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Making a scene

A complaint last year forced the removal of the Nativity scene in Tyler, but that only intensified the spirit of parishioners from First English Lutheran and Danebod Lutheran Church who, in true holiday spirit, went to work building new Nativities to disp

November 16, 2013
Story, photo by Karin Elton , Marshall Independent

Thanks to a stranger traveling through town, Tyler residents have come together for a common goal - to place as many Nativity scenes on front lawns as they can.

Last year, the city was forced to take down its iconic creche at the bandshell in the city park because of a complaint from a person passing through town, said Rhonda Johnson, a Danebod Lutheran Church member.

"The person threatened to file a complaint with the ACLU (American Civil Liberties Union), and the city couldn't afford a lawsuit so they had to take it down," Johnson said.

Article Photos

Duane Gregor, left, holds on to a plaque for Ivan Petersen Nov. 10 at the Danebod gym hall in Tyler.

The news whizzed around town.

"It put a bur underneath everyone's saddle," said Johnson. "The pastor (The Rev. Jennifer Thul of Danebod Lutheran) asked Scott (Johnson's husband), 'What if we had a Nativity scene in every yard?' Then someone put a Nativity scene on the parsonage's doorstep."

"During the ELCA (Evangelical Lutheran Church of America)'s God's Work Our Hands Sunday, Sept. 8, we asked what kind of a service project should we do," said Thul. "Someone asked if we had the plans from the original one, to remake that. I said, 'Sure, but come and see this one.'"

She showed them the creche that was left on her doorstep. Everyone liked the new Nativity scene, she said.

"Our plan was to make 50," Thul said. "We now have 225."

The effort grew into a multi-congregation effort. The congregations of Danebod and First English came together as well as congregants from other churches.

"We put out a call for lumber," Thul said. "The stable is 1-by-6. We wanted weathered wood. We needed 1-by-10 wood for Mary and Joseph."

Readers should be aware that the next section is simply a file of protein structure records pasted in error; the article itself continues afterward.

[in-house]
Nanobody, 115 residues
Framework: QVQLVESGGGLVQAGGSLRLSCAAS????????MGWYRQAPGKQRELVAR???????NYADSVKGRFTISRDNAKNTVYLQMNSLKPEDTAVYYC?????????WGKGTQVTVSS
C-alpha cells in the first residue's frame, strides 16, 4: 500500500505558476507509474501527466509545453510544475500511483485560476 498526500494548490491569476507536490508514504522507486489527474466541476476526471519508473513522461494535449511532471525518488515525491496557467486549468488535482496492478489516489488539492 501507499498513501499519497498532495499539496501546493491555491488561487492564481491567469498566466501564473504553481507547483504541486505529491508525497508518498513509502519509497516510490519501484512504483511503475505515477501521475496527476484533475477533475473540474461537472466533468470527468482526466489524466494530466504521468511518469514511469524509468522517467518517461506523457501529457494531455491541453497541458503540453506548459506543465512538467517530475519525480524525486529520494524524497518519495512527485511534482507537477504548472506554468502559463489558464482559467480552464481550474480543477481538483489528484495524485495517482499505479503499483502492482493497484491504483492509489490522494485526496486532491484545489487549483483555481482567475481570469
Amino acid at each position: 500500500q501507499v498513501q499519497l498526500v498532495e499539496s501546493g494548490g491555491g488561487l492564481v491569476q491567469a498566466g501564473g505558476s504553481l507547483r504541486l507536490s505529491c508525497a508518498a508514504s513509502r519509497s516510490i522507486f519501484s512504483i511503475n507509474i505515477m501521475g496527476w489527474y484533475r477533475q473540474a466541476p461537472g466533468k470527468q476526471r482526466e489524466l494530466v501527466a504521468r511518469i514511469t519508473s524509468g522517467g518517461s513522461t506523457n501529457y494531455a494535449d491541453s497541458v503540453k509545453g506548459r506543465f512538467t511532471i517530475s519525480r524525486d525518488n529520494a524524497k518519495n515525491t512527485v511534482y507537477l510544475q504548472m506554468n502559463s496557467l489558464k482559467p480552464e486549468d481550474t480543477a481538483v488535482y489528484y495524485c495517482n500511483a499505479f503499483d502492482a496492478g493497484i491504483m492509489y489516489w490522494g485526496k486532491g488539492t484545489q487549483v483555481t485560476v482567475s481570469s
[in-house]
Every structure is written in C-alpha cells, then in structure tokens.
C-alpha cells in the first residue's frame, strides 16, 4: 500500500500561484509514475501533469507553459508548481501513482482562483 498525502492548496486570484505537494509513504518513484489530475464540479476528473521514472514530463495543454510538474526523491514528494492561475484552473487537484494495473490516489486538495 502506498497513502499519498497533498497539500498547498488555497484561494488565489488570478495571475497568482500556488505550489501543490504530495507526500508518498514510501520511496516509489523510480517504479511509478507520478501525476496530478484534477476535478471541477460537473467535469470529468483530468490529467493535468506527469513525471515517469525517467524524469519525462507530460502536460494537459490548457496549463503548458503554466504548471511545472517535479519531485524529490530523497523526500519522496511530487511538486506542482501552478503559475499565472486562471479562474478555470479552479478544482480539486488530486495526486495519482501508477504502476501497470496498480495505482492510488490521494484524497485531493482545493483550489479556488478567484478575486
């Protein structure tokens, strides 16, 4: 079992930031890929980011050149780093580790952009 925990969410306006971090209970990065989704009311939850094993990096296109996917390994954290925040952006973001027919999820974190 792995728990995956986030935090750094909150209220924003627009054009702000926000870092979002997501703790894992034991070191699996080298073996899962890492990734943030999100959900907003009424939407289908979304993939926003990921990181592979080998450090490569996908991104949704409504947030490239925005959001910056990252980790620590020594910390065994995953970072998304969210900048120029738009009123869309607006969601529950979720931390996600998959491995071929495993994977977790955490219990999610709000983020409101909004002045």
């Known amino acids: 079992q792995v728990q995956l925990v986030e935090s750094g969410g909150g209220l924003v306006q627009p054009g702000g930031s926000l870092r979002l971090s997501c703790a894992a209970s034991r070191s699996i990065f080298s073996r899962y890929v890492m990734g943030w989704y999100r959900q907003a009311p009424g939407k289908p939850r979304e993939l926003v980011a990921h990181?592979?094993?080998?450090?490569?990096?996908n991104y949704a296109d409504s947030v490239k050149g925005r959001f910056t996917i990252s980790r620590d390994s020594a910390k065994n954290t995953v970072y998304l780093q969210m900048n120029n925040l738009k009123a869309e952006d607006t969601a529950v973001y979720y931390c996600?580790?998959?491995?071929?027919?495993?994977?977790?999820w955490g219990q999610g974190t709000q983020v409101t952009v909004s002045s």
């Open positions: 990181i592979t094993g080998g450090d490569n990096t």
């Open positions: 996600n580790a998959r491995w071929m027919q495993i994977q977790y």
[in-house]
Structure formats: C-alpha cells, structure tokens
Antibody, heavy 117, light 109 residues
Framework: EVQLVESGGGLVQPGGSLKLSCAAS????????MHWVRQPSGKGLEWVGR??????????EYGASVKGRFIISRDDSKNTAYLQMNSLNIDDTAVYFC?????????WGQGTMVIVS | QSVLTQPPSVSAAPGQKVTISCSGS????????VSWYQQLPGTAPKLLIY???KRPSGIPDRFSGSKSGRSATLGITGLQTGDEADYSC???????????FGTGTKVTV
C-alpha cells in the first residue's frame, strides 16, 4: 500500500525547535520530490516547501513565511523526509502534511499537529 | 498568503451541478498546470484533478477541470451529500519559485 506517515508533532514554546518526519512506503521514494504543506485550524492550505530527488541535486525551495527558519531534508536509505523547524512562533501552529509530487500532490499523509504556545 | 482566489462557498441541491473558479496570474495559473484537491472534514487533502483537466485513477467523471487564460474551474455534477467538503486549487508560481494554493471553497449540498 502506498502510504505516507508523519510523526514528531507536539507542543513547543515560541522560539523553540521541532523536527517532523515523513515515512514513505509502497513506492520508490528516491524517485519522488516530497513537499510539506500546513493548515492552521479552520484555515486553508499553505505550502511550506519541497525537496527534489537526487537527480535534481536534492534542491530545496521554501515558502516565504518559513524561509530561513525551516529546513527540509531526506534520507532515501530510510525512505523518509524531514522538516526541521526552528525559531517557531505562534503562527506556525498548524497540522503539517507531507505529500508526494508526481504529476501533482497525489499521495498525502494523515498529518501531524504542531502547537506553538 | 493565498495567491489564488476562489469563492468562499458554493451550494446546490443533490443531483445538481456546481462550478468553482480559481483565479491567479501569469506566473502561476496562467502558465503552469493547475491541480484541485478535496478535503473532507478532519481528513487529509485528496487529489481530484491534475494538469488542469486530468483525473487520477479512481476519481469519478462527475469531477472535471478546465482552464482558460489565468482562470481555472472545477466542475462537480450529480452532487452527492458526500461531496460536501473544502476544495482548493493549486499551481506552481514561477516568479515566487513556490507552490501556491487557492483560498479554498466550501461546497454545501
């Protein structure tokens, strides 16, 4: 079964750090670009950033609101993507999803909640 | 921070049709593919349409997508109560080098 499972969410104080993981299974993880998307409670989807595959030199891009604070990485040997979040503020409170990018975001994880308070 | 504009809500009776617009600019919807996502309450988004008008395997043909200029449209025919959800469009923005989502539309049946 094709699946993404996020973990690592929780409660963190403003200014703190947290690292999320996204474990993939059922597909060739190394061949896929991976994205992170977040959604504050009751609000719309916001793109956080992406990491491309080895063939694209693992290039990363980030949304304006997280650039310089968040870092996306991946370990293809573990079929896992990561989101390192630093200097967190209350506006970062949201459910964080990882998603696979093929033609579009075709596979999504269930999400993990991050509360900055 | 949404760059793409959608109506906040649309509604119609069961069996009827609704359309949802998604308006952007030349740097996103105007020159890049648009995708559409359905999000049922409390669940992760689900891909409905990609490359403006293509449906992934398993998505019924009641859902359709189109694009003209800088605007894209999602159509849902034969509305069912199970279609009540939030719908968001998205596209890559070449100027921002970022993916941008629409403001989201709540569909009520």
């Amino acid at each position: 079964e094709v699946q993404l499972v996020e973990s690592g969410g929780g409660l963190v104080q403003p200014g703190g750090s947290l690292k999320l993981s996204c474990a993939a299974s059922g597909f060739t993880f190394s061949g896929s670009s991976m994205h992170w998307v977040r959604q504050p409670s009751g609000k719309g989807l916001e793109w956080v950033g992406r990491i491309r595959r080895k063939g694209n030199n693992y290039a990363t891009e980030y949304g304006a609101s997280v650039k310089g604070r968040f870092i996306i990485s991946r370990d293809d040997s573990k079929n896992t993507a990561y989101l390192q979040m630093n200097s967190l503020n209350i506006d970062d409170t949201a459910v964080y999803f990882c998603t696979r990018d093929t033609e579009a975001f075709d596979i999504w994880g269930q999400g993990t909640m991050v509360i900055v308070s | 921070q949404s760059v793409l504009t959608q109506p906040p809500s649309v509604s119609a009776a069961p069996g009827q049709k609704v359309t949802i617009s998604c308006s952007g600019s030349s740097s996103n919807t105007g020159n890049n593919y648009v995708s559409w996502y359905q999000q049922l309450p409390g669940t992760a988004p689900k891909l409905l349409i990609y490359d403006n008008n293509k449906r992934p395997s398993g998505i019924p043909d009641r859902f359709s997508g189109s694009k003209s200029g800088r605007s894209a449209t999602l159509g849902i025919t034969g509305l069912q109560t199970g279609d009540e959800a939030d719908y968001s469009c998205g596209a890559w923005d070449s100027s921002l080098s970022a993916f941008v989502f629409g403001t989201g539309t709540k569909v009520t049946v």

The donations have poured in.

"We got a $200 donation from someone visiting Danebod. First English gave us $350," Johnson said. "Paint was donated by the local hardware store. People shopping at craft stores have been bringing us Spanish moss for the hair. Quilters are giving us double knit fabric for the clothes."

Volunteers are getting together after church to crank out the creches. People are sharpening their woodworking skills - getting their saws out, using glue and staple guns. Others are in charge of measuring out the twine for Joseph's head covering.

"What else would we be doing? We would be at our own homes having Sunday dinner," said Johnson. "This has really rejuvenated our Christmas spirit. We are thankful for what that person started. It's gotten the community talking about their faith."

"We turned a negative into a positive," said Thul. "It's absolutely amazing what the Holy Spirit has done."

And what of the original Nativity scene? The plan was to place it on Danebod property, but The Rock Christian Youth Center has stepped up to sponsor an application for a permit to display the Nativity scene at the bandshell. On Nov. 4, the Tyler City Council approved the permit. The Nativity scene will be displayed from Nov. 29 through Dec. 29.

"The city of Tyler has a community bandshell event policy," said City Clerk Barb Powell. "Any resident, business or organization can go before the city council and get a permit to use the bandshell. It's a multi-use facility for the residents' enjoyment."

In addition to the original, Nativity scenes soon will be popping up all over town.

"I'm hoping we can get a lot on Main Street," said Johnson.

People receiving the creches feel uncomfortable not paying for them.

"They say, 'How much does it cost?'" Johnson said. "We say, 'Nothing. Take it.' But they end up giving a donation."

The Nativity committee has money put aside for future use.

"We'll have to do more next year," said Thul.

 
 

 

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